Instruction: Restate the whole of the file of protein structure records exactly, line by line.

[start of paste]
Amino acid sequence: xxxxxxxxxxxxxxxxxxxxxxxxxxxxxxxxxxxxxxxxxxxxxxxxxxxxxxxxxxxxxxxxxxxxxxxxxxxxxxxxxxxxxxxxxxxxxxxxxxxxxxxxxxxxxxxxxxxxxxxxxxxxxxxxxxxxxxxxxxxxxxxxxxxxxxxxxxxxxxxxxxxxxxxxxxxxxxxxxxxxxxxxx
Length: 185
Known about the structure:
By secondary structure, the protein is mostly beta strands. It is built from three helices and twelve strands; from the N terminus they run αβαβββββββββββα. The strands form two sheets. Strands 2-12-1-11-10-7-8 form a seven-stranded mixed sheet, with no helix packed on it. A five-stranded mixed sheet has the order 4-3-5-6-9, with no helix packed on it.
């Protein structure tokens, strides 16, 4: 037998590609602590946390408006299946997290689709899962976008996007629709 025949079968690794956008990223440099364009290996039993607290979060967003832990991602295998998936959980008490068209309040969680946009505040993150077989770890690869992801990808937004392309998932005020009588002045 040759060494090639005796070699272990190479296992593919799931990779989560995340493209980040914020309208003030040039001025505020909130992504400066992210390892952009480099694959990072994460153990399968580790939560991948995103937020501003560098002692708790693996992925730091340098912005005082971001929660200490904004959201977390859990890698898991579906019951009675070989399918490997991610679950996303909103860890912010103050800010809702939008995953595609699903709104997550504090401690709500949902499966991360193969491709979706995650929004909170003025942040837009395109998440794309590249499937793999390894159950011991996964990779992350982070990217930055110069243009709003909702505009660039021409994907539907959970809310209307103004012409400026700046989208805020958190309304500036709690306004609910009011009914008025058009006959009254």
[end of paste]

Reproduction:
Amino acid sequence: xxxxxxxxxxxxxxxxxxxxxxxxxxxxxxxxxxxxxxxxxxxxxxxxxxxxxxxxxxxxxxxxxxxxxxxxxxxxxxxxxxxxxxxxxxxxxxxxxxxxxxxxxxxxxxxxxxxxxxxxxxxxxxxxxxxxxxxxxxxxxxxxxxxxxxxxxxxxxxxxxxxxxxxxxxxxxxxxxxxxxxxxx
Length: 185
Known about the structure:
By secondary structure, the protein is mostly beta strands. It is built from three helices and twelve strands; from the N terminus they run αβαβββββββββββα. The strands form two sheets. Strands 2-12-1-11-10-7-8 form a seven-stranded mixed sheet, with no helix packed on it. A five-stranded mixed sheet has the order 4-3-5-6-9, with no helix packed on it.
């Protein structure tokens, strides 16, 4: 037998590609602590946390408006299946997290689709899962976008996007629709 025949079968690794956008990223440099364009290996039993607290979060967003832990991602295998998936959980008490068209309040969680946009505040993150077989770890690869992801990808937004392309998932005020009588002045 040759060494090639005796070699272990190479296992593919799931990779989560995340493209980040914020309208003030040039001025505020909130992504400066992210390892952009480099694959990072994460153990399968580790939560991948995103937020501003560098002692708790693996992925730091340098912005005082971001929660200490904004959201977390859990890698898991579906019951009675070989399918490997991610679950996303909103860890912010103050800010809702939008995953595609699903709104997550504090401690709500949902499966991360193969491709979706995650929004909170003025942040837009395109998440794309590249499937793999390894159950011991996964990779992350982070990217930055110069243009709003909702505009660039021409994907539907959970809310209307103004012409400026700046989208805020958190309304500036709690306004609910009011009914008025058009006959009254």